At the end of a bank CDs guarantee period, the CD matures and the funds are either withdrawn or transferred into another CD.
A CD annuity contains withdrawal provisions which allow for annual withdrawals of up to 10% of the account value free of charge.Â An excess withdrawal will trigger a surrender fee throughout the contractâ€™s surrender period.Â Typically, the surrender period lasts at least as long as the rate guarantee period so that, when the guarantee period expires, the annuity owner can make unlimited withdrawals (subject to income taxes and IRS penalties if applicable).
Bank CD are more rigid in that no withdrawals are allowed before its maturity without sacrificing the higher fixed rate. If funds are withdrawn (CDs donâ€™t allow for partial withdrawals), the interest rate on the CDs earnings are adjusted down.
A CD annuity can be converted into a guaranteed stream of income payable for life. Many annuities explained offer an inflation protection option which ensures that the income will keep pace with the cost-of-living index.
Bank CDs are also used to generate a safe income. The only problem, and key differentiator with annuities, is that, when one CD matures, it must rolled into another CD which may offer a lower fixed rate. In a declining interest rate environment a retiree could see his income drop over time.
Annuities are considered among the safest of investments because they are backed by the financially stable life insurance companies which are very closely regulated by their state commissions. Insurers are required to maintain a high level of reserves and surplus capital to cover their obligations. Annuity owners have the added safe-guard of state guarantee funds which, depending on the state, covers annuity deposits from $100,000 up to $500,000.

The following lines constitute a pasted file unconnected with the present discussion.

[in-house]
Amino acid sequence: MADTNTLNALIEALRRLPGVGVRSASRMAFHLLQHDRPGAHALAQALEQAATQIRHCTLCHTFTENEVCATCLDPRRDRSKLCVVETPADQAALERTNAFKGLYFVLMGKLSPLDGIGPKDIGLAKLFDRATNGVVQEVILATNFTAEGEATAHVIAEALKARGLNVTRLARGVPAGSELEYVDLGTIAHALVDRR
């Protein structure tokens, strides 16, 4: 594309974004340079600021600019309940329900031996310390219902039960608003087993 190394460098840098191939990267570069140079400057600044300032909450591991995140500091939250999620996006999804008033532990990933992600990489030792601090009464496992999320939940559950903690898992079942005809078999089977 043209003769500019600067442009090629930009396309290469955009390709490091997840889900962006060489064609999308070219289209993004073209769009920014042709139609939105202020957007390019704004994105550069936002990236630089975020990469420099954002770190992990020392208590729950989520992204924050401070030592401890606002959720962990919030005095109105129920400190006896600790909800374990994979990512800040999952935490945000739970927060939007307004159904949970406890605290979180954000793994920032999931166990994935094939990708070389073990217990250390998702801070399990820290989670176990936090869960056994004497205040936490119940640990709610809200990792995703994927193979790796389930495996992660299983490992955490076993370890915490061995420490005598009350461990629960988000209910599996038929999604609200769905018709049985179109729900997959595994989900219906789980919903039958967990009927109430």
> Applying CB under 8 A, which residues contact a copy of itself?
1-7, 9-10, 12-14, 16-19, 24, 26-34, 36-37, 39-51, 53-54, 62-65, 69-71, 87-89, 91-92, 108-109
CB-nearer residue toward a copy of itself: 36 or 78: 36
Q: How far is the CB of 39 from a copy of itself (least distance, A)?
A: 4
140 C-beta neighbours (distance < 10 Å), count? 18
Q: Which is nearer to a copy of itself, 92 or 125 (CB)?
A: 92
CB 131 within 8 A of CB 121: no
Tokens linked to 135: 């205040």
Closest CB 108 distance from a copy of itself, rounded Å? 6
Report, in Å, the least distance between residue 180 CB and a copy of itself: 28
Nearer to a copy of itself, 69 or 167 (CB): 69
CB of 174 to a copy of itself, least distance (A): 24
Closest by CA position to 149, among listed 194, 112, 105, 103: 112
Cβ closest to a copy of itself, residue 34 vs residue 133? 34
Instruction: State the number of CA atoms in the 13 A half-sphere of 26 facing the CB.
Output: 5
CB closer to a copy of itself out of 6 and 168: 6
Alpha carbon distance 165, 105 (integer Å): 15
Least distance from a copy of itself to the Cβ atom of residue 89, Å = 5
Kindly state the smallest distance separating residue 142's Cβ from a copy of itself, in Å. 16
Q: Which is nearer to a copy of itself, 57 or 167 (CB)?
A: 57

Bank CDs have the backing of FDIC which, presently, covers each bank account up to $250,000 (one account per customer per bank). It is important to consider that, whileÂ FDIC insurance is a federal program it is not backed by the full faith and credit of the U.S. government, meaning that the government has no obligation to bail out the FDIC should it become insolvent. The other consideration is that the FDIC maintains a bare fraction of the required reserves, so that a major run of bank failures such as was experienced in 2008 and 2009 could tax the capability of the FDIC to reimburse all of the banks customers. At the very least, bank customers may have to wait awhile to get their reimbursement.
Annuities are feature rich, but they are also geared towards long term investors who can afford to keep their money invested until they are at least 59 Â½. Many annuity investors also maintain time deposit CDs for their more liquid needs. If your goals are more short term, or you havenâ€™t accumulated sufficient liquid assets, CDs would be the better choice.